Pictured from left to right: Setaria glauca (2 photos), Setaria viridis (2 photos), and Setaria faberi
This genus is characterized by the bristly spike-like panicle. Nearly all spikelets are subtended by few to several, persistent bristles (considered to be reduced branches). As in Panicum, spikelets have 2 awnless florets, the lower sterile and the upper fertile with a hardened lemma and palea. The surface of the fertile lemma is transversely rugose. Our species are mostly stiff-stemmed plants, branching only near the base. Ligules consist of a fringe of hairs. In all species of Setaria, the bristles can cause eating disorders in livestock since they can become embedded in mouth tissues.
There are 5 species in MN; 5 are native.
Setaria glauca (see tair' ee ah glaw' ka)
- Synonyms: Setaria lutescens
- Common names: Yellow bristle grass, yellow foxtail
- Origin and habitat: Introduced from Eurasia; weedy in disturbed habitats
- Identifying characters: Mature bristles give the erect inflorescence a golden color. Leaf blades have long twisted hairs on the upper surface at the collar and sheaths are keeled. Mature fertile lemmas are strongly rugulose.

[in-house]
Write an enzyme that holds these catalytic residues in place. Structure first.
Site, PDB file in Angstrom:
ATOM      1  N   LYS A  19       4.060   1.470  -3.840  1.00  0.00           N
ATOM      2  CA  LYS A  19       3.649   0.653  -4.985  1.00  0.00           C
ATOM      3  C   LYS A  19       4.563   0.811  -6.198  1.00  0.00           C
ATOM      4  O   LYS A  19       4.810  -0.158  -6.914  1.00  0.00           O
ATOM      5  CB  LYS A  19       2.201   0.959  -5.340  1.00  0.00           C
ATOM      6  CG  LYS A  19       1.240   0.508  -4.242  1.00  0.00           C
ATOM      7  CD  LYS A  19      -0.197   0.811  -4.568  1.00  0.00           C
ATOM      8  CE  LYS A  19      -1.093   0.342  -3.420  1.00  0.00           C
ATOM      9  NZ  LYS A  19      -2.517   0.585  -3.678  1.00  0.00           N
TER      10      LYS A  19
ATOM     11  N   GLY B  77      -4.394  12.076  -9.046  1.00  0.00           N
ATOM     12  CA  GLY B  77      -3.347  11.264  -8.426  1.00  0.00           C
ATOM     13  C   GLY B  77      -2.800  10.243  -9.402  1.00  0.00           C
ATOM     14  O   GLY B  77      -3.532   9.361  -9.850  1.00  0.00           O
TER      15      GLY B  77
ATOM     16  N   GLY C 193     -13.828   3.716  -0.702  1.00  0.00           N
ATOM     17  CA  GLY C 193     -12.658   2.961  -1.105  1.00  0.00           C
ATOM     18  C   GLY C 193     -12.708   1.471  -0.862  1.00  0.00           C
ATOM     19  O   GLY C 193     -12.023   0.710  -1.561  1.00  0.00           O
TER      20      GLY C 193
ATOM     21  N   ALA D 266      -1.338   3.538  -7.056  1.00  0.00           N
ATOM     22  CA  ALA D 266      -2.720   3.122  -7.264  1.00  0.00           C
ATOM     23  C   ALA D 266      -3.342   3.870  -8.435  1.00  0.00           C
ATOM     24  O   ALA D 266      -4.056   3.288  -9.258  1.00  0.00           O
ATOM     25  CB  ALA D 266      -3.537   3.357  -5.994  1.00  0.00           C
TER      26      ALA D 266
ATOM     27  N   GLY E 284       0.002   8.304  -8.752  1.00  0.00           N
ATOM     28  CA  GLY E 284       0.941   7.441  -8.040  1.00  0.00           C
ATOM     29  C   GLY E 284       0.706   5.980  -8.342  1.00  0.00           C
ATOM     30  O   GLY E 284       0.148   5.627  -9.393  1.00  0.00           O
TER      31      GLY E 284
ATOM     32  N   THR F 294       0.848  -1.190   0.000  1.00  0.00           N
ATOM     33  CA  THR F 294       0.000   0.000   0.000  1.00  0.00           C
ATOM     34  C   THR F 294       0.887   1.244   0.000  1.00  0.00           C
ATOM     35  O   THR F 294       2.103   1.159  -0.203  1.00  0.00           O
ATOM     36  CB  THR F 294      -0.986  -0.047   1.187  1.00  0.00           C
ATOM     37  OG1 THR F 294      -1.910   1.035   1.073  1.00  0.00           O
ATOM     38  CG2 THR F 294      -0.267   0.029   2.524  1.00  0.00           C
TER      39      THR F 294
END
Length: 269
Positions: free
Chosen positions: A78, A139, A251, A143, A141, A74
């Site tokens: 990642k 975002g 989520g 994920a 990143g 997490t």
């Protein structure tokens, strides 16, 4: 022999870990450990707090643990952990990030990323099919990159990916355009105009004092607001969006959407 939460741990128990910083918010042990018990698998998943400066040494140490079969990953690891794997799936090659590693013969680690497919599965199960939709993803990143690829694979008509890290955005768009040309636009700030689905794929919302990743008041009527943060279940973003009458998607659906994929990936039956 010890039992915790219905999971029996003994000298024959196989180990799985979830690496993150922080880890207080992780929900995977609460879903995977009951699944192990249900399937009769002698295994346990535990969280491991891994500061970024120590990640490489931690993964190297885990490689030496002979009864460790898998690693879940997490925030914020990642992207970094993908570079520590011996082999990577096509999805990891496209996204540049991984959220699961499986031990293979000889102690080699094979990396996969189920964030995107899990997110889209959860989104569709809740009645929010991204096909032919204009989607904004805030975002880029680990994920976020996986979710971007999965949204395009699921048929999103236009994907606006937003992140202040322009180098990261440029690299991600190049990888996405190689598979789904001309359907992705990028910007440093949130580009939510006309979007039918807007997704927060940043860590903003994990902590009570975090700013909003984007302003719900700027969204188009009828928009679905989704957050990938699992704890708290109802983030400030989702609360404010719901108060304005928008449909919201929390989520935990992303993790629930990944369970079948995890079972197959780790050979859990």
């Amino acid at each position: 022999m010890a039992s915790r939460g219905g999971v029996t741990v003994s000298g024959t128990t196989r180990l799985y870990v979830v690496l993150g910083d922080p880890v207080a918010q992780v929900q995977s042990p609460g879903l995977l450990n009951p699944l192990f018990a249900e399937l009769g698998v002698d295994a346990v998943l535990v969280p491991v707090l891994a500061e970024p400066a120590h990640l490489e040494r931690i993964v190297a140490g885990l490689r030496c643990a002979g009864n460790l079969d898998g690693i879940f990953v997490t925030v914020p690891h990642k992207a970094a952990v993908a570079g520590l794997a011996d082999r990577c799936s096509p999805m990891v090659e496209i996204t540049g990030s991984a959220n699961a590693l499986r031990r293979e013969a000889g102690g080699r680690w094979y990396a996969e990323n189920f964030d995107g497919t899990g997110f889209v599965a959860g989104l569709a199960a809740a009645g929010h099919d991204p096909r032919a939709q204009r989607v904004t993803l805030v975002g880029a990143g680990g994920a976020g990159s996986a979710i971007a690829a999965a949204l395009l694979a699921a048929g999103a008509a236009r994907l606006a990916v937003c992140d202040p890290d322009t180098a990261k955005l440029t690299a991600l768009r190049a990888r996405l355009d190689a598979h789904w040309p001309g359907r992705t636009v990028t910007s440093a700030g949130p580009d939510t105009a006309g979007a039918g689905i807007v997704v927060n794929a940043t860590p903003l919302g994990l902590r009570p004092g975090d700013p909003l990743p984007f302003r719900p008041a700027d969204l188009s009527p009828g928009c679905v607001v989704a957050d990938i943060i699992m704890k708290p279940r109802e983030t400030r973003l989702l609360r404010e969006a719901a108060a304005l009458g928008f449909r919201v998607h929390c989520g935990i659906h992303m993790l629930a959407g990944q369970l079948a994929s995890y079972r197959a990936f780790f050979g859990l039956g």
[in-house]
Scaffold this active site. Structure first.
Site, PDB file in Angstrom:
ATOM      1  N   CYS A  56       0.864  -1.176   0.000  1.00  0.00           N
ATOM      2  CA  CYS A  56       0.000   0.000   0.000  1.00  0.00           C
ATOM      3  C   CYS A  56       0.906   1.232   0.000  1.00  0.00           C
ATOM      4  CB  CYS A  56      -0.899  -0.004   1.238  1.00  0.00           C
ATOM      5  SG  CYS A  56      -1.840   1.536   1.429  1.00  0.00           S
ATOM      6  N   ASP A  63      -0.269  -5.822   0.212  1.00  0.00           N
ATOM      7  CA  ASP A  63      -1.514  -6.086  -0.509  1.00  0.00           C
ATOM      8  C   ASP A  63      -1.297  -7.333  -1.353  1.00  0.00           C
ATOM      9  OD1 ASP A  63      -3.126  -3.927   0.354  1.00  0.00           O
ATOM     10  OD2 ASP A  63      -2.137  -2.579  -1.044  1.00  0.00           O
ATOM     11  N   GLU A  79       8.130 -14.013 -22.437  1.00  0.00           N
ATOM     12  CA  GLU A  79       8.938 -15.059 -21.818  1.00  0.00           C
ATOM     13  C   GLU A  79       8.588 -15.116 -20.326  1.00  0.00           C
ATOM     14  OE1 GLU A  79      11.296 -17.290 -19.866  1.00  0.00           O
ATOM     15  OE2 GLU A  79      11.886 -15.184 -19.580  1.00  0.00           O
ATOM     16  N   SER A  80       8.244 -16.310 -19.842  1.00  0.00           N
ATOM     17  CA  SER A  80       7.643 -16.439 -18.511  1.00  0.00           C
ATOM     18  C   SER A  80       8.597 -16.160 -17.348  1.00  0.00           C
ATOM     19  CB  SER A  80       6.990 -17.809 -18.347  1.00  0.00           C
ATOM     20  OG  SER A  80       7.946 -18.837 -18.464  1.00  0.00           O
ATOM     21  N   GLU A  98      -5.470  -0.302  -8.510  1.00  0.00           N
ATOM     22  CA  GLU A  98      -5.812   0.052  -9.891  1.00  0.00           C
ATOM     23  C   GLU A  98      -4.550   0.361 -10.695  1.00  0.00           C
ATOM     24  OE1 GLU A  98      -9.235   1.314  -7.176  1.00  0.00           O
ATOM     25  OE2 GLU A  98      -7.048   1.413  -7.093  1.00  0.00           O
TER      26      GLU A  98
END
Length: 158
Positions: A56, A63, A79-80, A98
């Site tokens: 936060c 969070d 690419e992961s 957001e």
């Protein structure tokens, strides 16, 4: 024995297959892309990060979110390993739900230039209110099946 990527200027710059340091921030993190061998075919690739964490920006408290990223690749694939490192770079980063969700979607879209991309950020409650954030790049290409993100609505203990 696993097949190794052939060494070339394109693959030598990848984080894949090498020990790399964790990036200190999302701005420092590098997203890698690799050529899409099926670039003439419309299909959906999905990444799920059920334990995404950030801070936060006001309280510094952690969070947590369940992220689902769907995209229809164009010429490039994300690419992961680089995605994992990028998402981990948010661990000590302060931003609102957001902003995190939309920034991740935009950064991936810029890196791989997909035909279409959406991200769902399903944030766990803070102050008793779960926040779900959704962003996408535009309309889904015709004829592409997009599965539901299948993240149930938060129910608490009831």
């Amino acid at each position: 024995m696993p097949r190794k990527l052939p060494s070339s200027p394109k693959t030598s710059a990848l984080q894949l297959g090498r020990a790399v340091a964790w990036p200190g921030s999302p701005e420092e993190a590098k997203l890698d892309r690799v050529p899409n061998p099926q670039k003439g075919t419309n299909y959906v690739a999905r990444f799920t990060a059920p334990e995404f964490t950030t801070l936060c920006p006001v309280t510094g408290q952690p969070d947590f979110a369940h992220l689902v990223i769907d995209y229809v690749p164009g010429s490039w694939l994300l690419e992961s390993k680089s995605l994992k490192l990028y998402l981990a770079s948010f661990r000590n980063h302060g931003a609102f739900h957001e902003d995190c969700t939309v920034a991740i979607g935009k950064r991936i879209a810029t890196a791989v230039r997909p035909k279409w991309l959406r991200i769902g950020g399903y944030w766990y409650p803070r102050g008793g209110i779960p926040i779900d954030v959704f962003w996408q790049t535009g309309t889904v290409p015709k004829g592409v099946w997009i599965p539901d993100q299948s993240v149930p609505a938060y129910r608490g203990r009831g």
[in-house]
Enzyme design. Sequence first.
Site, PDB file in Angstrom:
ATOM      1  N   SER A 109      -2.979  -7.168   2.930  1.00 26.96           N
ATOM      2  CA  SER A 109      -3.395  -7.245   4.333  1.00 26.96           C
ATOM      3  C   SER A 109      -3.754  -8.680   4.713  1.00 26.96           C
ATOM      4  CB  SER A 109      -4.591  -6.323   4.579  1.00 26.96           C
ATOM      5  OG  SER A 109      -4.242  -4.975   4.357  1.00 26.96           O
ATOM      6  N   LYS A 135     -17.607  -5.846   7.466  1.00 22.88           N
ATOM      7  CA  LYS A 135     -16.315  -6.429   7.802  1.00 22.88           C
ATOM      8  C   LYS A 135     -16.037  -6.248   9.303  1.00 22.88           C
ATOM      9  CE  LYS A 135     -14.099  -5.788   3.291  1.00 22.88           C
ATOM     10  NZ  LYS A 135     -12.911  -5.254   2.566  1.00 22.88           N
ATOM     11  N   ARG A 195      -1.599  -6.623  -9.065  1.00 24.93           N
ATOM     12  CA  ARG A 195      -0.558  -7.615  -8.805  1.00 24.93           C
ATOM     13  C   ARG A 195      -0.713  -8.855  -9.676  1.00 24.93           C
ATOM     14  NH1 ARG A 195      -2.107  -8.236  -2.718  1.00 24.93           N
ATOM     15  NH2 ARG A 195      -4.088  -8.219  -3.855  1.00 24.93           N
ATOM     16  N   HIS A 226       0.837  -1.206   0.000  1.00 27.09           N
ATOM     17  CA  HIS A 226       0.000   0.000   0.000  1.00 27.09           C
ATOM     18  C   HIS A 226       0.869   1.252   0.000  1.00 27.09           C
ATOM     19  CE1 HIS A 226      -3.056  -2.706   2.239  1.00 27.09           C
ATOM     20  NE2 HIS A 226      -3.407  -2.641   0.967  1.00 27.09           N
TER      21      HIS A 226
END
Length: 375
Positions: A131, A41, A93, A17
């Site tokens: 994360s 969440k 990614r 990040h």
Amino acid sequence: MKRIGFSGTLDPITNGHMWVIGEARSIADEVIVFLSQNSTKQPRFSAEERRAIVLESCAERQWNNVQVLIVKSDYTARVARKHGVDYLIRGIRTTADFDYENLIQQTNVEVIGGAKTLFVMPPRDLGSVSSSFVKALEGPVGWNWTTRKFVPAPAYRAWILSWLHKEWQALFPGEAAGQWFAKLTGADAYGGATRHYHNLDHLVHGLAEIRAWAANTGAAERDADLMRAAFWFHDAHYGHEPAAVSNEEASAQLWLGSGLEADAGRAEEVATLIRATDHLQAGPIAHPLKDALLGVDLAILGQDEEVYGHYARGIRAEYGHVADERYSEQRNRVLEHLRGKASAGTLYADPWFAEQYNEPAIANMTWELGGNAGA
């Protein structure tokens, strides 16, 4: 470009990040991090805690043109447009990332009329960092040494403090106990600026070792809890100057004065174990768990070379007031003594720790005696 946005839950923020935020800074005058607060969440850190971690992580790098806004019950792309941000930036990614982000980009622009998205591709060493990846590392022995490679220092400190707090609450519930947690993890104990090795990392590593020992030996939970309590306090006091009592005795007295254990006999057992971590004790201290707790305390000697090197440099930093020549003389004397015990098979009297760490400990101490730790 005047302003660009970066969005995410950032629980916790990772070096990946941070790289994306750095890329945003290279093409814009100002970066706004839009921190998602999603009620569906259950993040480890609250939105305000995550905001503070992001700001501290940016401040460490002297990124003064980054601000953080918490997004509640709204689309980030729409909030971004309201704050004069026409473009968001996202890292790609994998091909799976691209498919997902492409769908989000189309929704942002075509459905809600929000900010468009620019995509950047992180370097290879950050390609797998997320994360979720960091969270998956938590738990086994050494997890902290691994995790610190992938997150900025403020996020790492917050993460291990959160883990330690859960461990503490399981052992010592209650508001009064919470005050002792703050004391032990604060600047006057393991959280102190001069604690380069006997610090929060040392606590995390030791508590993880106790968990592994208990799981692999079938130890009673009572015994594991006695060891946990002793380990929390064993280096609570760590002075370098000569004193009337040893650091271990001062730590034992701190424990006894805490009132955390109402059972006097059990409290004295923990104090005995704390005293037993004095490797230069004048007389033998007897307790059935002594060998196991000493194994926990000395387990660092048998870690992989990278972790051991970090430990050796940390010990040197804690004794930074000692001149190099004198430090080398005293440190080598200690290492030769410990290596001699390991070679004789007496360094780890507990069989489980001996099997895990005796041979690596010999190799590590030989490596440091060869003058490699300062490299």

- Comments: The foxy-gold bristles on mature plants have provided this plant with some horticultural value in Europe. In this country yellow foxtail reseeds itself so readily, making it difficult to eradicate, that the beauty is overlooked. It is occasionally found in dried floral arrangements.
Setaria viridis (see tair' ee ah vir’ ih dis)
- Synonyms: None
- Common names: green bottlegrass, green bristle grass, green foxtail
- Origin and habitat: Introduced from Eurasia; cosmopolitan weed found in disturbed areas
- Identifying characters: Leaf blades generally have a whitish hardened margin, while the slightly compressed sheaths have ciliate outer margins (the inner margins are ciliate only near the collar). Inflorescences are slightly nodding at the tip, with yellowish-green to purple bristles. Mature feritle lemmas are rugulose.
- Comments: Similar to yellow foxtail (S. glauca), green foxtail has an inflorescence that is more curved, with purplish or greenish bristles that are broader than the capillary bristles found on S. glauca. The larger, similar colored Setaria faberi or giant foxtail, is a problem weed in cultivated areas. Growing up to 1.5 m tall, giant foxtail is characterized by droopy stems along with long (7.5-20 cm) droopy inflorescences. It also has longer spikelets (2.4-3 mm) than in S. viridis (1.9-2.5 mm).
Additional species in Minnesota:
Copyright 2002, A.F. Cholewa, J.F. Bell Museum of Natural History, University of Minnesota / No portion of this guide may be duplicated without written permission of author.